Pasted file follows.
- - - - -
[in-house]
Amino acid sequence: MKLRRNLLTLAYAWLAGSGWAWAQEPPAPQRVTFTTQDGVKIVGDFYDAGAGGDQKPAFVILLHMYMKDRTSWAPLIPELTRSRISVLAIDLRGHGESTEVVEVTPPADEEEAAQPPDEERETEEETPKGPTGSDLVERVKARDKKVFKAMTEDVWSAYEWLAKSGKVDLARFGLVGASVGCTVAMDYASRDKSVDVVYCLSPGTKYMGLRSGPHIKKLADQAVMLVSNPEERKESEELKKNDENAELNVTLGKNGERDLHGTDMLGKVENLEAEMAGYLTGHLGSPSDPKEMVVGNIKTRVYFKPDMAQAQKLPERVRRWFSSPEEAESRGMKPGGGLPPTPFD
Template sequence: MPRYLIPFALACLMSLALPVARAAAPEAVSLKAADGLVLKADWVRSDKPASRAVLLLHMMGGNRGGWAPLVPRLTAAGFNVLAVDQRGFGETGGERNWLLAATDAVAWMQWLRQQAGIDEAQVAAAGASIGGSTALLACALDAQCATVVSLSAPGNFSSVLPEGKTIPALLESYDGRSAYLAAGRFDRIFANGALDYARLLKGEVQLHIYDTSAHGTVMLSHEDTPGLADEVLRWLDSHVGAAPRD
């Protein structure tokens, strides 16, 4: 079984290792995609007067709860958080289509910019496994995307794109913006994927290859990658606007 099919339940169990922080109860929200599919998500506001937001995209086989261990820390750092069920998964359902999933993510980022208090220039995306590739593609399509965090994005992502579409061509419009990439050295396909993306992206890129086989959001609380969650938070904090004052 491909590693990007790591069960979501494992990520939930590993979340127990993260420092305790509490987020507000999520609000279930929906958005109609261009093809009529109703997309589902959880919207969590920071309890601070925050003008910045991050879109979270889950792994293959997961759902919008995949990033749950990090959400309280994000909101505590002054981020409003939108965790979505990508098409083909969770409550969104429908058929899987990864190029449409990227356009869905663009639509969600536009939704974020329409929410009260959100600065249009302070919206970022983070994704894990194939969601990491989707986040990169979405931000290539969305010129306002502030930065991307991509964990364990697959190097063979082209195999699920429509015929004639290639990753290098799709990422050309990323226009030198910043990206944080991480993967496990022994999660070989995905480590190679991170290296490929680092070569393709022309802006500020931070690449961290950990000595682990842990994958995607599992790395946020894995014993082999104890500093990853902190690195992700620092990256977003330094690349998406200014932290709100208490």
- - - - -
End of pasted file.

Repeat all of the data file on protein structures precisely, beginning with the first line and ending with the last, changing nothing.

[in-house]
Amino acid sequence: MKLRRNLLTLAYAWLAGSGWAWAQEPPAPQRVTFTTQDGVKIVGDFYDAGAGGDQKPAFVILLHMYMKDRTSWAPLIPELTRSRISVLAIDLRGHGESTEVVEVTPPADEEEAAQPPDEERETEEETPKGPTGSDLVERVKARDKKVFKAMTEDVWSAYEWLAKSGKVDLARFGLVGASVGCTVAMDYASRDKSVDVVYCLSPGTKYMGLRSGPHIKKLADQAVMLVSNPEERKESEELKKNDENAELNVTLGKNGERDLHGTDMLGKVENLEAEMAGYLTGHLGSPSDPKEMVVGNIKTRVYFKPDMAQAQKLPERVRRWFSSPEEAESRGMKPGGGLPPTPFD
Template sequence: MPRYLIPFALACLMSLALPVARAAAPEAVSLKAADGLVLKADWVRSDKPASRAVLLLHMMGGNRGGWAPLVPRLTAAGFNVLAVDQRGFGETGGERNWLLAATDAVAWMQWLRQQAGIDEAQVAAAGASIGGSTALLACALDAQCATVVSLSAPGNFSSVLPEGKTIPALLESYDGRSAYLAAGRFDRIFANGALDYARLLKGEVQLHIYDTSAHGTVMLSHEDTPGLADEVLRWLDSHVGAAPRD
């Protein structure tokens, strides 16, 4: 079984290792995609007067709860958080289509910019496994995307794109913006994927290859990658606007 099919339940169990922080109860929200599919998500506001937001995209086989261990820390750092069920998964359902999933993510980022208090220039995306590739593609399509965090994005992502579409061509419009990439050295396909993306992206890129086989959001609380969650938070904090004052 491909590693990007790591069960979501494992990520939930590993979340127990993260420092305790509490987020507000999520609000279930929906958005109609261009093809009529109703997309589902959880919207969590920071309890601070925050003008910045991050879109979270889950792994293959997961759902919008995949990033749950990090959400309280994000909101505590002054981020409003939108965790979505990508098409083909969770409550969104429908058929899987990864190029449409990227356009869905663009639509969600536009939704974020329409929410009260959100600065249009302070919206970022983070994704894990194939969601990491989707986040990169979405931000290539969305010129306002502030930065991307991509964990364990697959190097063979082209195999699920429509015929004639290639990753290098799709990422050309990323226009030198910043990206944080991480993967496990022994999660070989995905480590190679991170290296490929680092070569393709022309802006500020931070690449961290950990000595682990842990994958995607599992790395946020894995014993082999104890500093990853902190690195992700620092990256977003330094690349998406200014932290709100208490």